That's why Ottawa-based Magenn Power is building an airship to generate energy from high-altitude wind. CEO Pierre Rivard's helium-filled rotating blimps will hover at up to 1,000 feet - conventional turbines remain suspended at 300 feet - and use fabric sails that transmit energy to the ground via high-voltage cable tethers. The result: A single blimp can power up to five homes.
After many frustrating attempts, Magenn finally developed a working prototype. Today the company boasts that it has secured $5 million from investors and a $1 million renewable energy grant from the Canadian government, plus its first customer, the Sandbanks Provincial Park on the shores of Lake Ontario. The company's 10- to 25-kilowatt airship debuts there in 2009, and a more powerful 100-kilowatt system should take flight in 2010.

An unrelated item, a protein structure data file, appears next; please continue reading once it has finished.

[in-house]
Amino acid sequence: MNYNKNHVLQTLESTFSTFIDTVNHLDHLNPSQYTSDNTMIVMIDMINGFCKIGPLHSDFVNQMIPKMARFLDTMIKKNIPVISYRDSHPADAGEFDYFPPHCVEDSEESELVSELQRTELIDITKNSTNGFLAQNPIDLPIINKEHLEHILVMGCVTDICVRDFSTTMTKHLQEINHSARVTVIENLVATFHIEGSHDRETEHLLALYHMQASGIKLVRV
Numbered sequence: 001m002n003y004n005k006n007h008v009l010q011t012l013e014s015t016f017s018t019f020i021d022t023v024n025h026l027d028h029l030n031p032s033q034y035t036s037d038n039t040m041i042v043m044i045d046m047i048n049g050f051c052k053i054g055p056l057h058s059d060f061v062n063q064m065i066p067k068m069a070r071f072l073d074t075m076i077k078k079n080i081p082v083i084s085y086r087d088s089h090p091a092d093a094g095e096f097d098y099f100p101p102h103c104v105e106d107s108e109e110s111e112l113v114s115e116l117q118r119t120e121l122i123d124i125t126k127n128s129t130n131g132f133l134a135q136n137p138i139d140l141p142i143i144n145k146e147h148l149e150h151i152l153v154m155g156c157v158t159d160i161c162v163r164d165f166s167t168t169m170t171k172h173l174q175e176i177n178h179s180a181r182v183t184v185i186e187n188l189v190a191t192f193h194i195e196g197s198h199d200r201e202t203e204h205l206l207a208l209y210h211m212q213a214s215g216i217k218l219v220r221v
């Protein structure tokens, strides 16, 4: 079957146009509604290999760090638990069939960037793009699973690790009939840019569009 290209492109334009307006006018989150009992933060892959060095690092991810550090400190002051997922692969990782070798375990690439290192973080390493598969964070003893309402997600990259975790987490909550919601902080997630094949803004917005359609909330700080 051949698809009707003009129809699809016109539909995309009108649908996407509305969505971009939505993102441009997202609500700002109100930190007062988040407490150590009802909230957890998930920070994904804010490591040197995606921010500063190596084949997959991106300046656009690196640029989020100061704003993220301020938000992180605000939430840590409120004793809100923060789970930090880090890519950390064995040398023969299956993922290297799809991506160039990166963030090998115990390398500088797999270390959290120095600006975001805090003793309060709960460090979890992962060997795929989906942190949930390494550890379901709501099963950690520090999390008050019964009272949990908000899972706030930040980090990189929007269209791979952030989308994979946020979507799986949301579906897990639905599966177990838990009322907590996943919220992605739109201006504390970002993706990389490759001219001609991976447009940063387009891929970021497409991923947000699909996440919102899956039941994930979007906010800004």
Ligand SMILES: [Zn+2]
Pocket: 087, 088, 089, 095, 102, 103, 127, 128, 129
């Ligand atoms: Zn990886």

Magenn still hasn't put a price tag on its airships, but Rivard expects them to eventually cost about $2,400 per kilowatt generated, on par with conventional wind turbines. Initially, Rivard is focusing on providing power to off-grid operations that rely on pricey diesel-fueled generators, such as mining sites, oil wells and large campgrounds. Provincial officials in Ontario, which has pledged to rid itself of coal-fired plants by 2014, are providing public land to test and fly the blimps. Eventually those officials would like to see Magenn power 4,900 far-flung homes and businesses in northern Ontario that are difficult to reach in winter. - Jennifer Alsever
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